c) I would like to see systematic scientific research done into the environmental, political, and social triggers of mental distress, followed by an evaluation of strategies used to address them.
d) I would like to see mainstream media, journals, radio and television, trained in the appropriate ways of understanding mental distress, so that they broadcast programmes in a more responsible manner, and cease to propitiate archaic opinions about science and mental well being.
New Methodologies and Ontology
Today a turning-point is reached as we acknowledge deeper existential realities about being human. There is evidence on social media of anger by people who were diagnosed with a mental illness: they question both the label and treatment strategies. There is anxiety by clinicians who have been taught in a certain way, and are aware their education no longer fits the spirit of our times. a) I would like to see a Truth and Reconciliation Project. This would address the concerns of both former patients and staff, to acknowledge feelings on each side, and move forwards towards good practice. b) Academicians would systematically record the commonalities and differences between the phenomenology of each experience they study. c) I would like clinicians to systematically ask people experiencing mental distress “What happened to trigger the trauma?” rather than… “What are your symptoms?” I would like to see research data collected on this practice, using both quantative and qualitative methods.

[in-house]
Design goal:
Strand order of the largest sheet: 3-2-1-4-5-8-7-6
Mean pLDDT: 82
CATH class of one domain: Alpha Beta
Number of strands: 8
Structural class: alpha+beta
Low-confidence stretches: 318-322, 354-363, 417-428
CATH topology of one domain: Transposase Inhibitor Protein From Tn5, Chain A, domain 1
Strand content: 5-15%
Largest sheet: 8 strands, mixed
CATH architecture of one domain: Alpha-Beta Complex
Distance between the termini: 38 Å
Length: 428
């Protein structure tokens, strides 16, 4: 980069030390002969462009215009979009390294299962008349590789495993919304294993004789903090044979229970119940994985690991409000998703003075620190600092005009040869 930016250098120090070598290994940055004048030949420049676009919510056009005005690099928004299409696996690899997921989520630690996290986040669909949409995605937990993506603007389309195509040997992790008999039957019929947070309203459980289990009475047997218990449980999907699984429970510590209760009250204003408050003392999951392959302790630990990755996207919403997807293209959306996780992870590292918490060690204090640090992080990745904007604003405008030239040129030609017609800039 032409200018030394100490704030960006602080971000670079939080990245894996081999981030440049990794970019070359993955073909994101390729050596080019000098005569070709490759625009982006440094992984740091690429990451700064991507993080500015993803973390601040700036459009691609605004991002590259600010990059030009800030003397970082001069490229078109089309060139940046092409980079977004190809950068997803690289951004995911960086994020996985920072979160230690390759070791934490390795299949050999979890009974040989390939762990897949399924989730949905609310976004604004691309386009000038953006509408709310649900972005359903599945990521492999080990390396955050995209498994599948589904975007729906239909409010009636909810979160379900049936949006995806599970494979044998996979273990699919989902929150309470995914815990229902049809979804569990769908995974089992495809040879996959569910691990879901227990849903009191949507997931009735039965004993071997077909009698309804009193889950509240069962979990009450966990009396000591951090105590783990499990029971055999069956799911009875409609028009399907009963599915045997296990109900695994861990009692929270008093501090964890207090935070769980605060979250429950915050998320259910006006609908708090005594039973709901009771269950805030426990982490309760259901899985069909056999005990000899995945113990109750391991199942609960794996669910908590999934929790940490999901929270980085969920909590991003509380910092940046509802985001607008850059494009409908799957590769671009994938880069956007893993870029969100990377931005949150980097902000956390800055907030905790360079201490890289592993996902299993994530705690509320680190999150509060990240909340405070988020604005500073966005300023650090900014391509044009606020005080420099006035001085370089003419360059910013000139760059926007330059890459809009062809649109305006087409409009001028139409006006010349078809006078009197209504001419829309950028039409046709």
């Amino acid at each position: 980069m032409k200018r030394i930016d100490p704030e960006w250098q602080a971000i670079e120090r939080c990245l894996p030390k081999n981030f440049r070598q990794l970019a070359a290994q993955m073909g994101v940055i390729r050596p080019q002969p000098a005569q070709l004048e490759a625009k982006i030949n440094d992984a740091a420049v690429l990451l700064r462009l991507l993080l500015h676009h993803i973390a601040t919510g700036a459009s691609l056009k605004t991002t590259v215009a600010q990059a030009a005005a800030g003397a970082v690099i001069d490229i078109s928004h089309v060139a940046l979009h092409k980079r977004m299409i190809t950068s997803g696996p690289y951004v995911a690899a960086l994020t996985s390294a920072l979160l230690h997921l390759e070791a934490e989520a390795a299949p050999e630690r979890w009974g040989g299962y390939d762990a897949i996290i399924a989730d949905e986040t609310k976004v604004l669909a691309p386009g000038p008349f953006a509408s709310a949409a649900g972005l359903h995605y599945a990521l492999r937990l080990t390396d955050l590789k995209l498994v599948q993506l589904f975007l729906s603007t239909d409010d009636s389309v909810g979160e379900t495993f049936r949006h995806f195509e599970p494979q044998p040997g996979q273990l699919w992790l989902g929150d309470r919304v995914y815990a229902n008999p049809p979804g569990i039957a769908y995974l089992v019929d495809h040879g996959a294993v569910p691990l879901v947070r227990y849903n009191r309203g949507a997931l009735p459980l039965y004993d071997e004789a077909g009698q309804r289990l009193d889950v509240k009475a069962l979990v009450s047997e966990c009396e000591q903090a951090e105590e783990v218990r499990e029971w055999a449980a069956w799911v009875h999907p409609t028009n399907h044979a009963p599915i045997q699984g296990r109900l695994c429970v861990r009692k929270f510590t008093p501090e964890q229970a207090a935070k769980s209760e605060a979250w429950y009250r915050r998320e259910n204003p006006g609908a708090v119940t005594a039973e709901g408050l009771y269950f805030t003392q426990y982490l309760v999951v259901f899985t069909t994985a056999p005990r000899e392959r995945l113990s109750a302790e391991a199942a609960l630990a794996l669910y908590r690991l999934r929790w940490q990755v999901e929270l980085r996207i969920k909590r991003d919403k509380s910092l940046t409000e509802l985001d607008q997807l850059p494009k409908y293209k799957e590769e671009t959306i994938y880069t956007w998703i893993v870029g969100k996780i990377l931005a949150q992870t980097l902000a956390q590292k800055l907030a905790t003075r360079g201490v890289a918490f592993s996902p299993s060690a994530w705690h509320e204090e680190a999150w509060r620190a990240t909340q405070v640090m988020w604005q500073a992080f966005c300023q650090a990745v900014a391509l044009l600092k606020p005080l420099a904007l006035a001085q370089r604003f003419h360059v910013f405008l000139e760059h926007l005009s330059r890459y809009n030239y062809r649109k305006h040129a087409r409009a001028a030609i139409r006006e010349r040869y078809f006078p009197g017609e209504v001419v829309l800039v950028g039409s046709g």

Differences of an Extended Science
it is time to call a halt to the out-dated Eurocentric disease-model of human suffering and to conduct appropriate science to raise awareness of altered states of consciousness and cultural ways of interpreting ‘symptoms’. This would benefit the mental well-being of global populations.
Breggin P The Conscience of Psychiatry, Lake Edge Press, Ithaca, New York 2009 Davies J. Cracked: Why Psychiatry is doing more harm than good. London: Icon Books; 2014. Gotzche P Deadly Psychiatry and Organised Denial. People’s Press. 2015 Moncrieff J. The Myth of the Chemical Cure: A Critique of Psychiatric Drug Treatment. London: Palgrave Macmillan; 2009. Razzaque R, Stockmann T, An introduction to peer-supported open dialogue in mental healthcare. BJPsych Advances Sep 2016, 22 (5) 348-356 Tobert N. Knowledge frameworks in medicine and health. NAMAH 2015; 23:3. Tobert N. Cultural Perceptions on Mental Wellbeing: Spiritual Interpretations of Symptoms in Medical Practice. London: Jessica Kingsley Publishers; 2016. Watters E. Crazy like us: The globalization of the American psyche. New York 2010 Whitaker R. Anatomy of an Epidemic. New York: Crown; 2010. Whitaker R, Cosgrove L. Psychiatry under the Influence, Institutional Corruption, Social Injury, and Prescriptions for Reform. New York: Palgrave Macmillan US; 2015.
Dr Natalie Tobert, Medical Anthropologist Author of Spiritual Psychiatries and Cultural Perspectives on Mental Wellbeing